The Way of the Cross: Judged (Mark 15:1-5, 15)

Eugene Higgins' portrayal of Pilate's troubled conscience

As we prepare for Easter, past and present Pepperdiners contribute reflections on Jesus’ journey to the cross. Today’s is from Ibukun ‘IBK’ Jaiyeola, a current Seaver College Senior.

Mark 15:1-5, 15 Jesus is judged by Pontius Pilate

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I learned about the Asch conformity experiment for the first time in a psychology class I took sophomore year. The major idea of the experiment is that a person will change their attitude or behavior on his/her own to fulfill social norms. Now, while I was watching the videos of the experiment I thought it was ridiculous. In my mind, I figured I would never, for example, say that a line of 5 inches was actually 7 inches when the proof was right in front of me. But honestly, I really don’t know what I would do in that position.

Conformity is more complex than just the desire to fit in. The desire is just as weighty as the fear of standing out. I remember my first semester at Pepperdine, even though I’d like not to. It was a struggle moving from my hometown where I was comfortable and wasn’t afraid to stand out, to this new environment where I didn’t want to stand out. It was less intimidating to try to be like everyone else than to try to be myself.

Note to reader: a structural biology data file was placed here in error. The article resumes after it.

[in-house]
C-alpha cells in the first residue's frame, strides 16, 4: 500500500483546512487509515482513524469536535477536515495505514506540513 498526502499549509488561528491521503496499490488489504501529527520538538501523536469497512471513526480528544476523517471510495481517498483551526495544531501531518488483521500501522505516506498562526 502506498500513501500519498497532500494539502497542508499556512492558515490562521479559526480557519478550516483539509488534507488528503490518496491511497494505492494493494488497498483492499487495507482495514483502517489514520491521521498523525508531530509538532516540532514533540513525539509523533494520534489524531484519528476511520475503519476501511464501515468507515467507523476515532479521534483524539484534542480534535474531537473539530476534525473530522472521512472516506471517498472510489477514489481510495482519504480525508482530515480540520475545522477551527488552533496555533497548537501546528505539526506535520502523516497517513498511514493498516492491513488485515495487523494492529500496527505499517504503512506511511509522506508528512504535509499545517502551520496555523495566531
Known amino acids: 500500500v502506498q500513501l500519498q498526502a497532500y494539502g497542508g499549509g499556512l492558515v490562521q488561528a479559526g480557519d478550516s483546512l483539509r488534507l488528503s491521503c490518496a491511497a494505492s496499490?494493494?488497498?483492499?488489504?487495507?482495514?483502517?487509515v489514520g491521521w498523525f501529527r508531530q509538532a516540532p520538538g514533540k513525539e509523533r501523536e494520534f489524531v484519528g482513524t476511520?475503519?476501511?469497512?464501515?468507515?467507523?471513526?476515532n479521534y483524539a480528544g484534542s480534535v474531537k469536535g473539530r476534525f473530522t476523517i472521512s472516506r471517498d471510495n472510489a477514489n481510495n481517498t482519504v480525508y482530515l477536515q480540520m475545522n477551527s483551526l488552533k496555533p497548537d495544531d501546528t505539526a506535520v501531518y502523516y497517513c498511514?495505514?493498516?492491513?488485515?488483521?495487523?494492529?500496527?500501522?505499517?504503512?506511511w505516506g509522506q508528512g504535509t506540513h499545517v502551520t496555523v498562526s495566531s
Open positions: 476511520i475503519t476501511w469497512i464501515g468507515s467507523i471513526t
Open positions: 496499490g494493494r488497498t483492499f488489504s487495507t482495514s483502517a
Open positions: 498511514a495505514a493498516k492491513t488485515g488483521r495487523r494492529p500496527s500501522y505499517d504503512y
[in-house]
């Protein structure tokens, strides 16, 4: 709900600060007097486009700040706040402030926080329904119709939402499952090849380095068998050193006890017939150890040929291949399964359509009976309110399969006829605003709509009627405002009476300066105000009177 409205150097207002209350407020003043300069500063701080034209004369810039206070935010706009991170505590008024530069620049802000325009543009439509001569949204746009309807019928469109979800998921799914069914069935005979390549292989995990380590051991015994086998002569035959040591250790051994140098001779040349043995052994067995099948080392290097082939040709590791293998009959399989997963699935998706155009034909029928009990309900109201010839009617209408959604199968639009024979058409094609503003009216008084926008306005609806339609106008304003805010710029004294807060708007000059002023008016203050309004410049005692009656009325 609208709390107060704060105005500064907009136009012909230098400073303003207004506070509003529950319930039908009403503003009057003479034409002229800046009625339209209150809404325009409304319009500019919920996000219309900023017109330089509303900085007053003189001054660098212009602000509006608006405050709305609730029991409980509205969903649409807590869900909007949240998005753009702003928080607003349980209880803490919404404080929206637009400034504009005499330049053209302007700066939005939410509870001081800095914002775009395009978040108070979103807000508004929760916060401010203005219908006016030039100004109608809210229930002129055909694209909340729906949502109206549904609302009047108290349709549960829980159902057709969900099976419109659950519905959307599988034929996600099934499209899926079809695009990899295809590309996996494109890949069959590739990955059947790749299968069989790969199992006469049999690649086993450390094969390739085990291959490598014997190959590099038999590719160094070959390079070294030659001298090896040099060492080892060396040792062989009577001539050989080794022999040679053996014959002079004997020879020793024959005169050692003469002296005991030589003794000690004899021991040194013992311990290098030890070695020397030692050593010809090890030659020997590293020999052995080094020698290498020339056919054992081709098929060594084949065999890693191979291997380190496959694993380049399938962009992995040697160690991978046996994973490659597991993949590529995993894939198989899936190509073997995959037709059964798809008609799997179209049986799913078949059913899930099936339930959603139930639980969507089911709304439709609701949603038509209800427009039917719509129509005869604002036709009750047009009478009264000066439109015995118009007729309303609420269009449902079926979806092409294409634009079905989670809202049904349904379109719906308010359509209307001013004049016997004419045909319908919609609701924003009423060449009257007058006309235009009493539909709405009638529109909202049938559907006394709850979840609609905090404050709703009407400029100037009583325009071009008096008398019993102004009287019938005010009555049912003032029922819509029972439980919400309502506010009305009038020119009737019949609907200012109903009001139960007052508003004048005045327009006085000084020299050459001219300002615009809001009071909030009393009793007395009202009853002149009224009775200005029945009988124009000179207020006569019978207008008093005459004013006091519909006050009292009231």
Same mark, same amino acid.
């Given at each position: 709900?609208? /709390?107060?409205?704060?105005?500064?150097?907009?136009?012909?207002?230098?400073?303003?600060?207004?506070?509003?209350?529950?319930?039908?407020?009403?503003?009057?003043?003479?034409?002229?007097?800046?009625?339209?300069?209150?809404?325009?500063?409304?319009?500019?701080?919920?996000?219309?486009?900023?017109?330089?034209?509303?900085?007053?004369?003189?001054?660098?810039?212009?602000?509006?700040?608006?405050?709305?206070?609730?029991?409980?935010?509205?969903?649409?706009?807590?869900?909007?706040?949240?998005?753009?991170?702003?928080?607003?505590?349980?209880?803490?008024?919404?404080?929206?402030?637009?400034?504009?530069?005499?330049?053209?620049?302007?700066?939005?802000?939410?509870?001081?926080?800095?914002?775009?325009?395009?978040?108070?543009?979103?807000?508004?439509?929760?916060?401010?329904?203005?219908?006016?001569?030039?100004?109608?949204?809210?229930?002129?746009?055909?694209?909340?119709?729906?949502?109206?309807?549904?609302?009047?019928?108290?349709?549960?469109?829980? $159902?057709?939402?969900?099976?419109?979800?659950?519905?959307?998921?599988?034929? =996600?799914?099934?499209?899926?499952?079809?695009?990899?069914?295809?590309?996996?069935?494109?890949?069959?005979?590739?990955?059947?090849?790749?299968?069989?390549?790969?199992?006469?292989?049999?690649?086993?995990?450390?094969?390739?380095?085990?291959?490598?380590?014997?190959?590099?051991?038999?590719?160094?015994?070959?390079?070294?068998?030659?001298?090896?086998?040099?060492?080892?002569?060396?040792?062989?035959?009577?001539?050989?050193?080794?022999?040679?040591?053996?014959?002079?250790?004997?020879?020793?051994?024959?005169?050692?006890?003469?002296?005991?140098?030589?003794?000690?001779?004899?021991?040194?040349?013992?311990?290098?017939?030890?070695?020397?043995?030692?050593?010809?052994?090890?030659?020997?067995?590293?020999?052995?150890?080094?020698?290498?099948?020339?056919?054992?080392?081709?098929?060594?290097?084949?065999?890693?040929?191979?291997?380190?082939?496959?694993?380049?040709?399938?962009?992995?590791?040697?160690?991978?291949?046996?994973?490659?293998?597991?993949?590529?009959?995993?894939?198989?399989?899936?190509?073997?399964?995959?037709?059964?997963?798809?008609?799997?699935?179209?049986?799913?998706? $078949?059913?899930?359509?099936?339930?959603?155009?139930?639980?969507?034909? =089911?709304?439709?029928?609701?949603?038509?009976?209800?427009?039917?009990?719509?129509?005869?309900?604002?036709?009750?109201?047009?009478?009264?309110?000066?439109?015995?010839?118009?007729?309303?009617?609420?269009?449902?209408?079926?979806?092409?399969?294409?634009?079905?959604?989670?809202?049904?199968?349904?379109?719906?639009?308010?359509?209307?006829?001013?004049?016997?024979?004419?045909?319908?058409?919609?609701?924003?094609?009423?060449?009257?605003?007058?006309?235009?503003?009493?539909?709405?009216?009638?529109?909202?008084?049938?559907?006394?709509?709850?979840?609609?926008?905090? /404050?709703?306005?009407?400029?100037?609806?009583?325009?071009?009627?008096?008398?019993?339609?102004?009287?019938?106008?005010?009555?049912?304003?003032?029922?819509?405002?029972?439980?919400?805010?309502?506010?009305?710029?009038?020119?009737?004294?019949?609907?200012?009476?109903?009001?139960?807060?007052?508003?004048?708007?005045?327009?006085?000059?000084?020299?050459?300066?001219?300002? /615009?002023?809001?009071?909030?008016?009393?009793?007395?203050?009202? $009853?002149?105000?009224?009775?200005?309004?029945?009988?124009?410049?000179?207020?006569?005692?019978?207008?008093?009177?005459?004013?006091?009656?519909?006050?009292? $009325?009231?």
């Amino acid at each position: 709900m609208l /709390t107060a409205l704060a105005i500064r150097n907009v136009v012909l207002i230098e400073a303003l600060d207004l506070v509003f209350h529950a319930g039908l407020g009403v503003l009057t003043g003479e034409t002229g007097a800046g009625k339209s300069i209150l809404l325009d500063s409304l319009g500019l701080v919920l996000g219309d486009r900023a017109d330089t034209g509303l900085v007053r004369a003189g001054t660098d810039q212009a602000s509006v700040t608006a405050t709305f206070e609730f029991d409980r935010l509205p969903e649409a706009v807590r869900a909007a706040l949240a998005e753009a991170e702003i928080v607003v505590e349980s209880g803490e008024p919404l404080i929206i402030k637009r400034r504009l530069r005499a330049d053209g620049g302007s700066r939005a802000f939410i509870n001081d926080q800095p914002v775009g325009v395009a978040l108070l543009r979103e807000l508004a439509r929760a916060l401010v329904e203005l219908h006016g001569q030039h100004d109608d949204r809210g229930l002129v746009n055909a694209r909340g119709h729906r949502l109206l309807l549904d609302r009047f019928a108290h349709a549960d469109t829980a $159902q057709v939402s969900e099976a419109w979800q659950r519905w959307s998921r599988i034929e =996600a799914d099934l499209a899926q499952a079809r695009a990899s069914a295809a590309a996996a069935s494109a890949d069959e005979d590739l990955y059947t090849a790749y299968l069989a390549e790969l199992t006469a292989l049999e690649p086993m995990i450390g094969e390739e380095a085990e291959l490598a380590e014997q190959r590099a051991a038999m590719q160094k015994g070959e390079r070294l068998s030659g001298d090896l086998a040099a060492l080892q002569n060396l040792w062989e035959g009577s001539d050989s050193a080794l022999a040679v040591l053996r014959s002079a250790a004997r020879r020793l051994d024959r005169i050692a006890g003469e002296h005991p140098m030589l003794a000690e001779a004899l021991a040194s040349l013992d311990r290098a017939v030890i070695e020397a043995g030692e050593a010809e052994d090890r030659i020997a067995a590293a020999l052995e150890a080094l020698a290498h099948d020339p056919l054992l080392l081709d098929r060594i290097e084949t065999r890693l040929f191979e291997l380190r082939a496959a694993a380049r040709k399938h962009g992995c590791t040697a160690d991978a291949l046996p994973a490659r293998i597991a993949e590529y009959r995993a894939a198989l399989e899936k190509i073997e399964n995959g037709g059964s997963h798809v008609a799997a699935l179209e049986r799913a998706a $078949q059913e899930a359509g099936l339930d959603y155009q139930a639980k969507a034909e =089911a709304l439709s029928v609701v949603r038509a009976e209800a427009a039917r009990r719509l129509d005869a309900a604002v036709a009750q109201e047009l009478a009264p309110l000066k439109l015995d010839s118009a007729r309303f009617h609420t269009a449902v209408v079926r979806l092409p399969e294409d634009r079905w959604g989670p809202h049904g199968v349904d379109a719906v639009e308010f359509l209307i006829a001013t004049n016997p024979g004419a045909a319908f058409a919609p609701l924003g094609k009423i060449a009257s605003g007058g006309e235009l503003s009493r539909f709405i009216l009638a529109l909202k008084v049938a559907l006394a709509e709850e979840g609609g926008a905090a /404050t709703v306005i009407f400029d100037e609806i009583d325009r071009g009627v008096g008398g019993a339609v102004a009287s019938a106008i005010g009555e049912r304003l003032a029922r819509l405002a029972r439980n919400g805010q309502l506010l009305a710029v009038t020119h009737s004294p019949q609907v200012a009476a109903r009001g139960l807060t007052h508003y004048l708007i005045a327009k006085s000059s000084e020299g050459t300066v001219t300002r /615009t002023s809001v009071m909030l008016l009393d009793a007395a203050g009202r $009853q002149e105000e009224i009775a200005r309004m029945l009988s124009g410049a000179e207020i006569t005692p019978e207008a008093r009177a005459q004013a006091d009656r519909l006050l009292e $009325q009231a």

“When we recognize that our life performance is for an audience of one (God), we relinquish the desire to please everyone and begin to live.”

I came to this conclusion recently. And while it sounds like “er…duh!” it really is a hard thing to do. We live in a society based on the fundamental principle of people-pleasing. I mean, why would anyone want to be different?

I’ve read the passage of Jesus’ trial before Pilate enough times that I know the story by heart. There’s Jesus, the brave man of integrity, committed to his purpose and vision. And then there’s Pilate. Sigh! But the more I think about it, the more I realize that I see more of Pilate in myself. I have this mental picture of Pilate interrogating Jesus and then proceeding to severely afflicting his flesh, stroke after stroke. But even though he’s the one doing the afflicting, I can feel his pain. He would have given anything to have Jesus cave in and justify his punishment, but Jesus was unmoved. It cannot be an easy thing to live with. Who really wants to go to bed with a guilty conscience?

And in some way Jesus presents the antithesis of Pilate’s character. He endured ridicule and separation and was non-conforming to the point of the cross. That is the quintessential definition of nonconformity.

As a student, college is a really hard place to practice nonconformity. On one end, what makes you different could make you really awesome; on another end it could really make things bad. This reflection is supposed to be about Jesus’ journey, but I wonder that maybe we ought to think about the Pilate in ourselves, and the struggle for balance between doing what we believe is right and conforming to others’ beliefs.

Ibukun ‘IBK’ Jaiyeola is an Integrated Marketing Communication Senior at Pepperdine University. She is a lover of music and culture, lifelong student and change catalyst. IBK has written for YADA magazine and currently writes articles on the BOOST XYC (Xtian Youth Central) group on Facebook. Follow her on twitter @Ibukun_J

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3 responses to “The Way of the Cross: Judged (Mark 15:1-5, 15)

  1. I entered Pepperdine a conformist to the highest degree, and it was there that I began to learn the lesson of living for One. This is beautifully said; a lesson I’m still learning! (And that, my friends, is why I went to LONDON, not HEIDELBERG).

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